The PhotoBook

September 22, 2010

Henrik Saxgren – Unintended Sculptures

Copyright Henrik Saxgren 2009, courtesy Hatje Cantz Verlag  and photo-eye

Henrik Saxgren recent photobook Unintended Scupltures is wonderful reminders why in the rush of my daily life that I need to occasionally take time to pause and just observe. He shares with us that located amongst the various and assorted debris of our day to day world, there exists, waiting to be discovered, a plethora of ready-art to be contemplated and enjoyed.

His documentary style photographs investigate the concept of a found “sculpture” as a three dimensional construct now reduced to an even more abstract two-dimensional plane. This also becomes one of the few weaknesses of his book due to his inclusion of flat two-dimensional objects and natural events, although aesthetically interesting, do not appear to be consistent with his theme, even in the broadest of contemporary definitions of what constitutes a sculpture.

 Of particular interest to me are his found sculptural objects which are extracted and conceptually constructed from his everyday experience. The book’s title implies that objects exist, but as a result of personal observation, we can create a new contextual relationship and meaning, that an object does not become a sculpture until we name it as such. In nature there exists no horizontal line although individuals identify and create such boundaries and a resulting photograph of the land becomes a landscape, something that does not exist in nature.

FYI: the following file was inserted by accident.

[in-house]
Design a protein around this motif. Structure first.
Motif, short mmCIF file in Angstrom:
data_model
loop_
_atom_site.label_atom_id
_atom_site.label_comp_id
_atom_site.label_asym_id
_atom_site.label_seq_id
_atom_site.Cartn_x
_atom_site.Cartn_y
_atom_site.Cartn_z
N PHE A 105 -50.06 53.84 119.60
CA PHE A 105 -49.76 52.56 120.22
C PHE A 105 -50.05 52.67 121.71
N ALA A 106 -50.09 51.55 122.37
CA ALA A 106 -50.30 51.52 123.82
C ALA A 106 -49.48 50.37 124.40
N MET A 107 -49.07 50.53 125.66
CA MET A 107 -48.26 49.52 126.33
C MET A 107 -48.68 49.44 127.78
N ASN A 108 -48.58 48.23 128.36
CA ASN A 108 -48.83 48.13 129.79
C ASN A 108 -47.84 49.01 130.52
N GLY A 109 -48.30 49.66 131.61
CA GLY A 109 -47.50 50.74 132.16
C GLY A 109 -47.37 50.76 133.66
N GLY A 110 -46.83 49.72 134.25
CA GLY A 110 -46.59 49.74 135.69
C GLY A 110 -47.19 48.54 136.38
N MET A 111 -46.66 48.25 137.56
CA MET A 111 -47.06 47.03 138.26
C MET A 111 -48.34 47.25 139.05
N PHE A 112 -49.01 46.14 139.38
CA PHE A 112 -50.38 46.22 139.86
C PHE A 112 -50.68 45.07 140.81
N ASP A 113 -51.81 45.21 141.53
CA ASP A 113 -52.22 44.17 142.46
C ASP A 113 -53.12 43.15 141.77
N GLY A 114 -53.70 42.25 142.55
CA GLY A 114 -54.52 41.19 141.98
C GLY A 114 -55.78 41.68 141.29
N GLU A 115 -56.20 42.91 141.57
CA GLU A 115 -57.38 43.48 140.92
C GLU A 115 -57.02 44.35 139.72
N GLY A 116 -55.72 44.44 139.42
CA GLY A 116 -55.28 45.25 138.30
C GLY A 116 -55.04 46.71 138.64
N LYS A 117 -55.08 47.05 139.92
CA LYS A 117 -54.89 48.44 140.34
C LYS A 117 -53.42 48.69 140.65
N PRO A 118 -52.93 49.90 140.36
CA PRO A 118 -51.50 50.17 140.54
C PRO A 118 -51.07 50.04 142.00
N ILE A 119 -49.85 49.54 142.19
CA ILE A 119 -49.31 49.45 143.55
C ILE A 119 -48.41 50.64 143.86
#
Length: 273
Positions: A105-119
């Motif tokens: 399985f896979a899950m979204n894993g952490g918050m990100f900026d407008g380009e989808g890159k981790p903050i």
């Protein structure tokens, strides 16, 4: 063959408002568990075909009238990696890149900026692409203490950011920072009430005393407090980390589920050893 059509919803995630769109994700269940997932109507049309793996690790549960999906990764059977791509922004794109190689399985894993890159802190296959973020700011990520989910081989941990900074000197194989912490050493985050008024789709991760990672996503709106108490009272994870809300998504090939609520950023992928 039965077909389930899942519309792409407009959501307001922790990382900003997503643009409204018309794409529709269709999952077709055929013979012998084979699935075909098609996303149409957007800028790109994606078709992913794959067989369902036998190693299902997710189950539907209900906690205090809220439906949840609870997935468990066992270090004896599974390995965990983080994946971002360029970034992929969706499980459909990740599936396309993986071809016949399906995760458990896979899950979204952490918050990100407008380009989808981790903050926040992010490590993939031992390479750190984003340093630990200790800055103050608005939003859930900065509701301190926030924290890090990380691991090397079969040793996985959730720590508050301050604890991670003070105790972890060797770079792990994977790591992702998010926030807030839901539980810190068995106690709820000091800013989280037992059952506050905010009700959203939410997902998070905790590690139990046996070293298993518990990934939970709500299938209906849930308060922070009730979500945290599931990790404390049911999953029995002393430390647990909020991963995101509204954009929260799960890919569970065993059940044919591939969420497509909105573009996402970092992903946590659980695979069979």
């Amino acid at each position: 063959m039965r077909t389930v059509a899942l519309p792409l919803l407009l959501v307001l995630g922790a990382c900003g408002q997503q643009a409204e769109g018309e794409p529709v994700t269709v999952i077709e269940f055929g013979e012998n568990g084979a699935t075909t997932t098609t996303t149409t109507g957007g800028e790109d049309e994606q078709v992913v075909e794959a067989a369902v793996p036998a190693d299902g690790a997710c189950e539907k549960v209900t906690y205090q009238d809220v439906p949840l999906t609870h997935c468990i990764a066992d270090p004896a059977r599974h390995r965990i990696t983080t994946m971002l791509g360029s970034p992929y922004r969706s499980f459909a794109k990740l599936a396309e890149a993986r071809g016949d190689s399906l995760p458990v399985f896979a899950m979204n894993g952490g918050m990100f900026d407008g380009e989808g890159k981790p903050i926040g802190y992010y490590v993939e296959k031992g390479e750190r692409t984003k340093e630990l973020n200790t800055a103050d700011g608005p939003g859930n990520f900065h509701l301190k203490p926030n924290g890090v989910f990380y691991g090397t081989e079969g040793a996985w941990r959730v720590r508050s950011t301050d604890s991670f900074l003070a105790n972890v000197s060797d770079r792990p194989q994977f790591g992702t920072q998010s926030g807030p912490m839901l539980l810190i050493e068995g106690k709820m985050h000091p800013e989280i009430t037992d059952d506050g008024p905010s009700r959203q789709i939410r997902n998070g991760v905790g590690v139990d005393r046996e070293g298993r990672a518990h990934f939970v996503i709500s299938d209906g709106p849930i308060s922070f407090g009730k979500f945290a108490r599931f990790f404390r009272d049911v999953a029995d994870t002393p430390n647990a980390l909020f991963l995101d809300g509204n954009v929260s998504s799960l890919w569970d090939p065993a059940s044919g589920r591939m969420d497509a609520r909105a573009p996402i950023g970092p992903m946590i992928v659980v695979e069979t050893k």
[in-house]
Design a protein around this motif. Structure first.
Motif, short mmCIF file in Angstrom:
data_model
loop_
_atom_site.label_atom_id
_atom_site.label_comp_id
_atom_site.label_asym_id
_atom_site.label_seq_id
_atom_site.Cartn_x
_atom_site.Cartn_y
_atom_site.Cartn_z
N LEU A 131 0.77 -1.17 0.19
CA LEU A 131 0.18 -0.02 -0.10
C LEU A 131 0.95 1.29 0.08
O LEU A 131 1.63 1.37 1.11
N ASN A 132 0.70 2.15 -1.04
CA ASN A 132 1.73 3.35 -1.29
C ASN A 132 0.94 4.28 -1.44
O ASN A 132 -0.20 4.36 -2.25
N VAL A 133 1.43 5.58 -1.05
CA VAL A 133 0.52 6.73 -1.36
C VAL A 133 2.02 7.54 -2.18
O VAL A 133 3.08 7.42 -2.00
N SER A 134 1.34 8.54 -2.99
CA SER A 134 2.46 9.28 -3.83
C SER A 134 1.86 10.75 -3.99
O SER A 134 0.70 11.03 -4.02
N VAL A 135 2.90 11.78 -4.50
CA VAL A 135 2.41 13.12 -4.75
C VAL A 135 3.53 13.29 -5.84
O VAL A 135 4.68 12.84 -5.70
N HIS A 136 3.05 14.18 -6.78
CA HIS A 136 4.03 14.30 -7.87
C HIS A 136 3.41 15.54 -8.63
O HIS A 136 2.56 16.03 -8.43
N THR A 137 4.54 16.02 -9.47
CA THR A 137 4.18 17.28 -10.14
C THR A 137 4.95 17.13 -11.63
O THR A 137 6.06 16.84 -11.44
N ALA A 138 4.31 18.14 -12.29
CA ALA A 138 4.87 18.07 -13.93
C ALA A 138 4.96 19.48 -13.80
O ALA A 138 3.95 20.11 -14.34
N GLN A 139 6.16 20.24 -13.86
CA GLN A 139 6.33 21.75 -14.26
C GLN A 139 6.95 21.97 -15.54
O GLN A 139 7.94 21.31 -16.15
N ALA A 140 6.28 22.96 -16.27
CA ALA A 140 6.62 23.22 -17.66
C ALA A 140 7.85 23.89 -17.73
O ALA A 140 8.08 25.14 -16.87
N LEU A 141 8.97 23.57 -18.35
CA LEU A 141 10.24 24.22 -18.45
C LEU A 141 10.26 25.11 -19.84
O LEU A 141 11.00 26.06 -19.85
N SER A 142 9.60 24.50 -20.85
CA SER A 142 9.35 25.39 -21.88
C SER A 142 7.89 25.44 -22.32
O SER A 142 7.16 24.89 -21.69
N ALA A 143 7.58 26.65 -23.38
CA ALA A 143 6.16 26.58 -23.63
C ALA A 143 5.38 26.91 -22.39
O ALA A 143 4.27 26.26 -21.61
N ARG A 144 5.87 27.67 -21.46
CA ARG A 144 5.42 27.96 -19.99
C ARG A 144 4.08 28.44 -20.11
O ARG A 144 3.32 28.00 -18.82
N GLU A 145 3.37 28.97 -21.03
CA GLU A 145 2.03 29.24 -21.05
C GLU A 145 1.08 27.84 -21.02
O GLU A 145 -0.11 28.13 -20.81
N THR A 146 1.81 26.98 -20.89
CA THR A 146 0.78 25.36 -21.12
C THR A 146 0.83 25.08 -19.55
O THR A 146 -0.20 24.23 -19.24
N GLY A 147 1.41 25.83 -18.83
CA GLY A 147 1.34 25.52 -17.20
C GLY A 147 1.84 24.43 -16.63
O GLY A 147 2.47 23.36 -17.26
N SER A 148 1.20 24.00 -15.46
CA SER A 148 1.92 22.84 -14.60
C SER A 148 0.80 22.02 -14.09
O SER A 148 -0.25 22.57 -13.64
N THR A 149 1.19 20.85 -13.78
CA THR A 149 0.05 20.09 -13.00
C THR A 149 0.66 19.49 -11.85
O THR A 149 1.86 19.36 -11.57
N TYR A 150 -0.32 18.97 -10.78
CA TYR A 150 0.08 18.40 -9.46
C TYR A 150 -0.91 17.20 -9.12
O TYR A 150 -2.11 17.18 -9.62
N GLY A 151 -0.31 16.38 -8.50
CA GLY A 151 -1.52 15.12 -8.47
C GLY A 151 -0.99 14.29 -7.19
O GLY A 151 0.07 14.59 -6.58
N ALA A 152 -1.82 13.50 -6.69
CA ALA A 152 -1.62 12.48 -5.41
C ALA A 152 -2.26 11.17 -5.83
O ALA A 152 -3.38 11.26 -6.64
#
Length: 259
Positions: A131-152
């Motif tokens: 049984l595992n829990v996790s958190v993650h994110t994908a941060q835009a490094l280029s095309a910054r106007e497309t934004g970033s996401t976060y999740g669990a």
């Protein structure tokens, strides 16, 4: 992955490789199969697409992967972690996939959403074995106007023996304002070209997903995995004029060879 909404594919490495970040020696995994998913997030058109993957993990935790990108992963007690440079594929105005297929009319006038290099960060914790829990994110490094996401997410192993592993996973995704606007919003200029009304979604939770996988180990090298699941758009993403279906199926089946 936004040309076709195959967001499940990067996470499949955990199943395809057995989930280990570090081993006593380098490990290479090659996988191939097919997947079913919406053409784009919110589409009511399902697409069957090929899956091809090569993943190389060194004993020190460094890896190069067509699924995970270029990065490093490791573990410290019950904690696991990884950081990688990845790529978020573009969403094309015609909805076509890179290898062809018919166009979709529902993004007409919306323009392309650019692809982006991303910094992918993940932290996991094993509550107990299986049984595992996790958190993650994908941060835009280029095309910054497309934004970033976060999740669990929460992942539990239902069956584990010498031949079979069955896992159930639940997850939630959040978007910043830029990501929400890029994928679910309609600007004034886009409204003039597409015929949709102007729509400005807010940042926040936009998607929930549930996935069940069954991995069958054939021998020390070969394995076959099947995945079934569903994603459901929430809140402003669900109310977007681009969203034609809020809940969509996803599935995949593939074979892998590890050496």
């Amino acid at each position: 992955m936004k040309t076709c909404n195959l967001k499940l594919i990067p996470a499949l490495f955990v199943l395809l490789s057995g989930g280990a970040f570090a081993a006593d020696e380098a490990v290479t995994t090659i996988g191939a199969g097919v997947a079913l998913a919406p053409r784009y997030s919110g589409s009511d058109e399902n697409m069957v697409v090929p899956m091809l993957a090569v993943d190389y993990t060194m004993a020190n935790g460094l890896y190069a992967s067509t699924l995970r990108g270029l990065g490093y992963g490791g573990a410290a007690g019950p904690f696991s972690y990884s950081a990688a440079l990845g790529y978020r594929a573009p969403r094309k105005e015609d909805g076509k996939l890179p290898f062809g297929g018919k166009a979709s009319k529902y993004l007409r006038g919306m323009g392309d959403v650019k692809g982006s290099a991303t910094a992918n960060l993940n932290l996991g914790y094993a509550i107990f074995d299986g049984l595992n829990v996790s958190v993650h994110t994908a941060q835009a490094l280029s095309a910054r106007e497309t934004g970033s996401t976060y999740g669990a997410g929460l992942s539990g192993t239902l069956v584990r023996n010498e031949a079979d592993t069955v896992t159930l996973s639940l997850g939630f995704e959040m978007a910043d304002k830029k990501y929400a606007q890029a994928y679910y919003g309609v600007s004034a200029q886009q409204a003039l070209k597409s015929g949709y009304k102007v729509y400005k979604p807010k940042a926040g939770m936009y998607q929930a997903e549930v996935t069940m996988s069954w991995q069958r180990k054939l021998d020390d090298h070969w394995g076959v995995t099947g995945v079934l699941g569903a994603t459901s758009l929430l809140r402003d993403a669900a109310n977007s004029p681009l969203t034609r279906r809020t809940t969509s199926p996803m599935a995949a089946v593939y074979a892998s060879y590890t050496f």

I find that Saxgren illustrates his ability to frame, extract and isolate natural phenomena, abandoned and decaying sites and other structural objects to discover the potential existence of a narrative that encompasses aesthetic beauty, mystery, fantasy, memory, dreams and personal stories.

His unintended sculptures can be interpreted as autobiographical statements about his reaction to natural and man-kind generated elements that he chooses to place into new juxtapositions, combinations within his altered frameworks. By the determination of his composition and exposure, he coaxes out of space things of his own imagination and I believe inspires us to do the same.

Something unknown is wrapped and bound in cloth and string while sitting on a wooden platform seems mysterious. Saxgren then utilizes that mysterious object to create an ominous narrative in conjunction with the darkening, overcast and gloomy sky, while on the right side within the frame is a dark and barren tree in a sea of brown grasses. Page after page is a series of beguiling images, some are so long and horizontal that they span the entire spread of this wide horizontal book. I occasionally found the color images to be overly saturated although the sharply focused photographs provide for a memorizing study of details. This wide horizontal book, verging on becoming oversize, is very nicely matched to Saxgren’s overly-wide horizontal photographs.

by Douglas Stockdale

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